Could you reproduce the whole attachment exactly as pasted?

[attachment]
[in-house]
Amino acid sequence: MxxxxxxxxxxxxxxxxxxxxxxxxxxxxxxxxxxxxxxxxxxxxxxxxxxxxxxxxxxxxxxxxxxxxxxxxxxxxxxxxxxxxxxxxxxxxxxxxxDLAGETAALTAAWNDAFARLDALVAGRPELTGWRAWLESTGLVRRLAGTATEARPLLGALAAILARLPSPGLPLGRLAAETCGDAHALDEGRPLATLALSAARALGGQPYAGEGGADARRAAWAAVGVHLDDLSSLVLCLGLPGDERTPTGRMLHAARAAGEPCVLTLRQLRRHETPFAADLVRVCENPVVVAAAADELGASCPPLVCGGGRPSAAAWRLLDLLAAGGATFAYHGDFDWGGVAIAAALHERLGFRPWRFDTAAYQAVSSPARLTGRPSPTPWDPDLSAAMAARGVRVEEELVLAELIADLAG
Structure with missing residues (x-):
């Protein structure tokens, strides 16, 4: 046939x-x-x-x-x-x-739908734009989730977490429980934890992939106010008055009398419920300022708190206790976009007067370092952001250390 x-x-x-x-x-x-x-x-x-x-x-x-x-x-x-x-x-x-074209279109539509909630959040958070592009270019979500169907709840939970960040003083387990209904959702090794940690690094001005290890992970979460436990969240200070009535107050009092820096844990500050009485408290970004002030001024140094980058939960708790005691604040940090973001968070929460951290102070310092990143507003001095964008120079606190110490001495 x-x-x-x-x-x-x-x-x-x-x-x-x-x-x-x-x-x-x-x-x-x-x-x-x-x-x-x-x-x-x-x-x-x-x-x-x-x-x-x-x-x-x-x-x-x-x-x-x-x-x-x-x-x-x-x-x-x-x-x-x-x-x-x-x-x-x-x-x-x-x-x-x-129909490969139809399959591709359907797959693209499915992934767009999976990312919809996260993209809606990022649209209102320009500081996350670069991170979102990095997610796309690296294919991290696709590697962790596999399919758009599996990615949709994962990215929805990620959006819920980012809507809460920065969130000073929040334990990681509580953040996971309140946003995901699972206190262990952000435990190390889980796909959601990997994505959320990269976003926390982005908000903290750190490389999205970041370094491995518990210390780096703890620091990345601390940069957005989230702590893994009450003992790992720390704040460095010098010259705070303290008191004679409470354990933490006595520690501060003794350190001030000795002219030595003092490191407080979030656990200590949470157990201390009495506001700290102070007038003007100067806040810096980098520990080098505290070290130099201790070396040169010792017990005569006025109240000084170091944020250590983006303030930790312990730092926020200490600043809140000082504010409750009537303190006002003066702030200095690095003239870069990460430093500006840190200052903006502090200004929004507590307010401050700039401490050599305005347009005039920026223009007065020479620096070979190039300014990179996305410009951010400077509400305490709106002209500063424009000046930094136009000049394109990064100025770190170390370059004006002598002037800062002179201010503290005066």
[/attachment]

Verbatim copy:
[in-house]
Amino acid sequence: MxxxxxxxxxxxxxxxxxxxxxxxxxxxxxxxxxxxxxxxxxxxxxxxxxxxxxxxxxxxxxxxxxxxxxxxxxxxxxxxxxxxxxxxxxxxxxxxxxDLAGETAALTAAWNDAFARLDALVAGRPELTGWRAWLESTGLVRRLAGTATEARPLLGALAAILARLPSPGLPLGRLAAETCGDAHALDEGRPLATLALSAARALGGQPYAGEGGADARRAAWAAVGVHLDDLSSLVLCLGLPGDERTPTGRMLHAARAAGEPCVLTLRQLRRHETPFAADLVRVCENPVVVAAAADELGASCPPLVCGGGRPSAAAWRLLDLLAAGGATFAYHGDFDWGGVAIAAALHERLGFRPWRFDTAAYQAVSSPARLTGRPSPTPWDPDLSAAMAARGVRVEEELVLAELIADLAG
Structure with missing residues (x-):
């Protein structure tokens, strides 16, 4: 046939x-x-x-x-x-x-739908734009989730977490429980934890992939106010008055009398419920300022708190206790976009007067370092952001250390 x-x-x-x-x-x-x-x-x-x-x-x-x-x-x-x-x-x-074209279109539509909630959040958070592009270019979500169907709840939970960040003083387990209904959702090794940690690094001005290890992970979460436990969240200070009535107050009092820096844990500050009485408290970004002030001024140094980058939960708790005691604040940090973001968070929460951290102070310092990143507003001095964008120079606190110490001495 x-x-x-x-x-x-x-x-x-x-x-x-x-x-x-x-x-x-x-x-x-x-x-x-x-x-x-x-x-x-x-x-x-x-x-x-x-x-x-x-x-x-x-x-x-x-x-x-x-x-x-x-x-x-x-x-x-x-x-x-x-x-x-x-x-x-x-x-x-x-x-x-x-129909490969139809399959591709359907797959693209499915992934767009999976990312919809996260993209809606990022649209209102320009500081996350670069991170979102990095997610796309690296294919991290696709590697962790596999399919758009599996990615949709994962990215929805990620959006819920980012809507809460920065969130000073929040334990990681509580953040996971309140946003995901699972206190262990952000435990190390889980796909959601990997994505959320990269976003926390982005908000903290750190490389999205970041370094491995518990210390780096703890620091990345601390940069957005989230702590893994009450003992790992720390704040460095010098010259705070303290008191004679409470354990933490006595520690501060003794350190001030000795002219030595003092490191407080979030656990200590949470157990201390009495506001700290102070007038003007100067806040810096980098520990080098505290070290130099201790070396040169010792017990005569006025109240000084170091944020250590983006303030930790312990730092926020200490600043809140000082504010409750009537303190006002003066702030200095690095003239870069990460430093500006840190200052903006502090200004929004507590307010401050700039401490050599305005347009005039920026223009007065020479620096070979190039300014990179996305410009951010400077509400305490709106002209500063424009000046930094136009000049394109990064100025770190170390370059004006002598002037800062002179201010503290005066």